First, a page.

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Agile user research at the Metropolitan Museum of Art: an interview with Liz Filardi and Karen Plemons

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When you think of an institution as storied and grand as the Metropolitan Museum of Art, terms such as “agile” and “DIY” might not be the first to come to mind. But at the Met, staff from different departments are working together to employ rapid, low-cost research methods to better understand the needs of museum visitors.

For this post, I interviewed two staff members from the Met, Liz Filardi and Karen Plemons, about how they are using rapid research methods to inform the development and design of apps, websites, and digital games. The methods and approaches they’re employing can be applied not only in large institutions like the Met, but in small museums as well.

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Liz Filardi (left) and Karen Plemons (right)

Liz is in the Digital Media Department, and manages mobile projects in all stages of development. Karen is in the Education Department, and oversees educational research and evaluation efforts. Liz and Karen are their own “guerrilla team,” doing user research and usability evaluation on a shoestring. The methods they use include card sorting, think aloud user testing with clickable prototypes, interviews, surveys, and visitor observations.

Dana Mitroff Silvers (DMS): How did you start working together?

Karen Plemons (KP): Well, I kind of accosted a colleague (in the Digital Media department) in the elevator one evening! I said, “You know, I have some really good data on our younger visitors. And I know you’re trying to capture younger visitors. I can be a resource to you.” I explained that I can help support the work they’re doing in the Digital Media team.

Liz Filardi (LF): And then when I heard about Karen and her work, I started to think about the importance of user research in the projects we’re doing in Digital Media. There is a big emphasis in the Digital Media department on understanding users. We even have a new position in our group, a Digital Analyst.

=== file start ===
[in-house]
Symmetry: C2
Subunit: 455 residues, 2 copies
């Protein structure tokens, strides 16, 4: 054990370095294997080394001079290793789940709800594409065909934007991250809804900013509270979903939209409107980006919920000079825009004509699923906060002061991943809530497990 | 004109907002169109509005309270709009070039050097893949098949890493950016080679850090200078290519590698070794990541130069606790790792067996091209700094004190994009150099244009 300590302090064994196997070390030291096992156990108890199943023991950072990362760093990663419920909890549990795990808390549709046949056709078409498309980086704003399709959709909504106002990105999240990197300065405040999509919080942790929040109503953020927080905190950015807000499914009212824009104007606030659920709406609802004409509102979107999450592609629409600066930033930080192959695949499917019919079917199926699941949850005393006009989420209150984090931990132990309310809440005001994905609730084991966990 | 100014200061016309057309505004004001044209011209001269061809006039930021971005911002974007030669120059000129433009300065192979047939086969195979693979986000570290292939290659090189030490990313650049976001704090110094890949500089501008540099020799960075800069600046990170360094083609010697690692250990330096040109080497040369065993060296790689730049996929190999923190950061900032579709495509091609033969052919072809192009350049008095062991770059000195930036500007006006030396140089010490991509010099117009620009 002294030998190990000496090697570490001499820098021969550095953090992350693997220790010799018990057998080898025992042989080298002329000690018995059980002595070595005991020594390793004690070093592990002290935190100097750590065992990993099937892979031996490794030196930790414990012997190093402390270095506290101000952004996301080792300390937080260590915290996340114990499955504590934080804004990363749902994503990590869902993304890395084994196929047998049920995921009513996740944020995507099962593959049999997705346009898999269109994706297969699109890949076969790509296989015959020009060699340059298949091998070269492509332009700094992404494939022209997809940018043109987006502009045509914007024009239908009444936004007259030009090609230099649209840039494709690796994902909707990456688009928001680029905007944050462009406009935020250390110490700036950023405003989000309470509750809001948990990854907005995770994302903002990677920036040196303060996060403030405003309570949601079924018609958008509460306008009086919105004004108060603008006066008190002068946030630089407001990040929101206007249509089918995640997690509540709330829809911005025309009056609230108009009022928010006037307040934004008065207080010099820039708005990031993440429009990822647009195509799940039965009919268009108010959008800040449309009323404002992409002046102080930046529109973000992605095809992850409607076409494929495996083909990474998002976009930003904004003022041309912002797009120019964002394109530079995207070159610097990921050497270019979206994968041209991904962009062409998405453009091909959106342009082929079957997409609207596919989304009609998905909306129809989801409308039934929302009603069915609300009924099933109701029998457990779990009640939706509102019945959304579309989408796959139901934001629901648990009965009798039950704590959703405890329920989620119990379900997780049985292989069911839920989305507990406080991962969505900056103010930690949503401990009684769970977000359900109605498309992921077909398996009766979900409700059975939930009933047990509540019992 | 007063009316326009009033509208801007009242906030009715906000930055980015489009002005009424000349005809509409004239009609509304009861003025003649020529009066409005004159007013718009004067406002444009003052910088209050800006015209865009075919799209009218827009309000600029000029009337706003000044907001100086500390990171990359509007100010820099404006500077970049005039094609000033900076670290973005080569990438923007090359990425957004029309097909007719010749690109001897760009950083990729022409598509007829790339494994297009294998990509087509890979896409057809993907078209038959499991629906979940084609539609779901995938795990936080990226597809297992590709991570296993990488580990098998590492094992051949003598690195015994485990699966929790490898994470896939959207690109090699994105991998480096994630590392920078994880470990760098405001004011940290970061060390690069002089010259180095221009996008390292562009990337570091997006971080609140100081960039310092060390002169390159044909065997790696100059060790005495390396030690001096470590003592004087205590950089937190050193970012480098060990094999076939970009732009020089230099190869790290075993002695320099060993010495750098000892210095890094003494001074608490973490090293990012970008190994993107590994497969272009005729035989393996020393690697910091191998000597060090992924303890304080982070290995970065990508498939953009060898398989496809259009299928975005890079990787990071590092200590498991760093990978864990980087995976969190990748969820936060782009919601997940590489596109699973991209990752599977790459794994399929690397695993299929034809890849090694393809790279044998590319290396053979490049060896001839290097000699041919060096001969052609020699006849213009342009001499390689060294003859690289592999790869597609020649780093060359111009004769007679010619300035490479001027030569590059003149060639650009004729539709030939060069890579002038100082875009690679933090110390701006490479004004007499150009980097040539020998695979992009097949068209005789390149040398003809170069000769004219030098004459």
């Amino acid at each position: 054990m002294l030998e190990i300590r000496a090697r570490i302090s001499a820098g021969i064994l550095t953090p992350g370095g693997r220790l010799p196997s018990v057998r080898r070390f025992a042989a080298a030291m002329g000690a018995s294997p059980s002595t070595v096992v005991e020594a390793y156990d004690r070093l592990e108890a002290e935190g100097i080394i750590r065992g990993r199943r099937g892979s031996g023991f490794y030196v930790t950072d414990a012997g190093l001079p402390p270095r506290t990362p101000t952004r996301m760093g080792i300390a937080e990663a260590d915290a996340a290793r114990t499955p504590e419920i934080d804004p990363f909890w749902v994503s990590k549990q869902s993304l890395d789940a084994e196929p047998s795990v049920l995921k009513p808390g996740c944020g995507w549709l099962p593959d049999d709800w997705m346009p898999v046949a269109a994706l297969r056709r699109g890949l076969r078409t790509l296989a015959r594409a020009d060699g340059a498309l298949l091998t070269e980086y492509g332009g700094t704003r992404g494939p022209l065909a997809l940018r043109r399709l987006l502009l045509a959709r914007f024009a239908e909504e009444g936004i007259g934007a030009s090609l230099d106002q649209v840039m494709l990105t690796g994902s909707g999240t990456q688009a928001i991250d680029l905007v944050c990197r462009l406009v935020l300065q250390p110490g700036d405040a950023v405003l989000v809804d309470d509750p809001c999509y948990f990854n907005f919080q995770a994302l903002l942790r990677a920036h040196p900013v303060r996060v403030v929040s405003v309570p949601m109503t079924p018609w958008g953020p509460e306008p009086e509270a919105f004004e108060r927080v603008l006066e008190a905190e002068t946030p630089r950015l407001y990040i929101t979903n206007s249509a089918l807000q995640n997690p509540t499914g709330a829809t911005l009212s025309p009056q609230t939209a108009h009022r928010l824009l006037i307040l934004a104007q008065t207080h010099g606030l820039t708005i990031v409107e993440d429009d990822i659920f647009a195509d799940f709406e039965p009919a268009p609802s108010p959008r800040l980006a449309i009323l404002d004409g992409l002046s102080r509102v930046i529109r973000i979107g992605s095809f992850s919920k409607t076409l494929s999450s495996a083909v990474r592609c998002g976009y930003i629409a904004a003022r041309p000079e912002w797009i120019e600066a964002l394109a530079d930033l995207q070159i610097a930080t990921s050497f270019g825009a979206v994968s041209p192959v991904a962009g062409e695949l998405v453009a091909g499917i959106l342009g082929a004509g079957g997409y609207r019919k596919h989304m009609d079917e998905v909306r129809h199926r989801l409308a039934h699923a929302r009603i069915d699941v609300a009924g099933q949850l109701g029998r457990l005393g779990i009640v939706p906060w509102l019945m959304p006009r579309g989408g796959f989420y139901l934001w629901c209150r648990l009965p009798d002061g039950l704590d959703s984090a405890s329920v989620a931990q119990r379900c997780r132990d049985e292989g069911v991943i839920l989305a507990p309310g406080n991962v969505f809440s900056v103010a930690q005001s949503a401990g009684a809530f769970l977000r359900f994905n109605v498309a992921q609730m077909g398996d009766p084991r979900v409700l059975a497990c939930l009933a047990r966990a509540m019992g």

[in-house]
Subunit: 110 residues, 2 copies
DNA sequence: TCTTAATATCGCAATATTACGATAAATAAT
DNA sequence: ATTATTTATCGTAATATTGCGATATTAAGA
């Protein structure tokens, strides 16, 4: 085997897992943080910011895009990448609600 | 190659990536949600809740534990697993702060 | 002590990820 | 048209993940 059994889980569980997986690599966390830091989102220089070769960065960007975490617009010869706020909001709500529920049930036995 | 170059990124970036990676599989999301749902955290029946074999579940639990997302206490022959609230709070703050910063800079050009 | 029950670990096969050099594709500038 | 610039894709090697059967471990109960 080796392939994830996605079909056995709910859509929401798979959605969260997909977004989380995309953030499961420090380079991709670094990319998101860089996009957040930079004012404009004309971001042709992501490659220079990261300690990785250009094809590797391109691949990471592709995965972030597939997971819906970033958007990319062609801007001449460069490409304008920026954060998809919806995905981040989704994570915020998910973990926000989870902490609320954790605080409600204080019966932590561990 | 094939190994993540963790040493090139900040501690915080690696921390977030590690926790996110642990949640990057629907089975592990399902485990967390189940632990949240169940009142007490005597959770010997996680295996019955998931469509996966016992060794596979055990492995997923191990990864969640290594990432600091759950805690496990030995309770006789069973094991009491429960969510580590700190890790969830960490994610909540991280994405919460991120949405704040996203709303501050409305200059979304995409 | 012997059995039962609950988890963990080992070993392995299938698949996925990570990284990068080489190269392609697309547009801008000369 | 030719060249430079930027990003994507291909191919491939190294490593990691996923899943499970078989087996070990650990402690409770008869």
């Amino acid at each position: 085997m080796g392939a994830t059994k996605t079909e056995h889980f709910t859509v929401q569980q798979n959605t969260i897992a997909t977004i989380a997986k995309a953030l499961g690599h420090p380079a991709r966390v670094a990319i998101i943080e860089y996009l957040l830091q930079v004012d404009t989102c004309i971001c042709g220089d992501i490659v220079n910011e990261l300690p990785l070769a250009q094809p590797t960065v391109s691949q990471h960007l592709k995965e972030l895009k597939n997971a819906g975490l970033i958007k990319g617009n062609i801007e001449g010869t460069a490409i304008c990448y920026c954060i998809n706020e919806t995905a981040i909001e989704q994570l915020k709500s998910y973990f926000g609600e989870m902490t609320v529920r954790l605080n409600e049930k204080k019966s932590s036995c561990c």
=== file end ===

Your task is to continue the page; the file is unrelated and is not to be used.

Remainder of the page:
Staff reviewing visitor data in an internal workshop. Image courtesy Metropolitan Museum of Art.
Staff reviewing visitor data in an internal workshop. Image courtesy Metropolitan Museum of Art.

Now, when I’m kicking off a new project, or we have to make a design decision and we know that there are a lot of stakeholders with vested interests, I’ll approach Karen and ask, “How would you go about this?” Then, Karen develops the testing instrument, and we both carry out the user research. Collaborating with Karen has been one of my best resources to better understand audiences and visitors.

KP: And now I’m working on three projects with the Digital Media department. There has been a real shift in how Education and Digital Media collaborate and work together. We’re really making an effort to break down the silos between departments. And the ironic thing is we work on the same floor. It’s not even like we’re in other parts of the building. There’s another team in Digital Media that is a 15-minute walk away, but we are on the same floor! So it’s not difficult for me to be in an elevator with someone and say, “Hey, I can help you with that project!”

Visitors performing a card sort activity.
Image courtesy Metropolitan Museum of Art.

DMS: Can you give me an example of how you’re using user research on a digital project at the Met?

KP: We used card sorting for the content in the Met App. A card sort is a great way to find out how users group things together and what content is important to them.

In the app, we have exhibition information, event listings, permanent collection objects, and our Twitter feed. To help determine the mix of content that was most useful, we did card sorts with museum visitors. It helped us understand how visitors made connections, and what was most important to them.

After we had an idea of the potential content in the app, we created laminated cards, and gave visitors tasks such as, “Prioritize the five most helpful or interesting things you see here” and “Prioritize the five least helpful or interesting things you see here.”  We would then have participants talk through why they made those choices.

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Twitter content inside the Met App.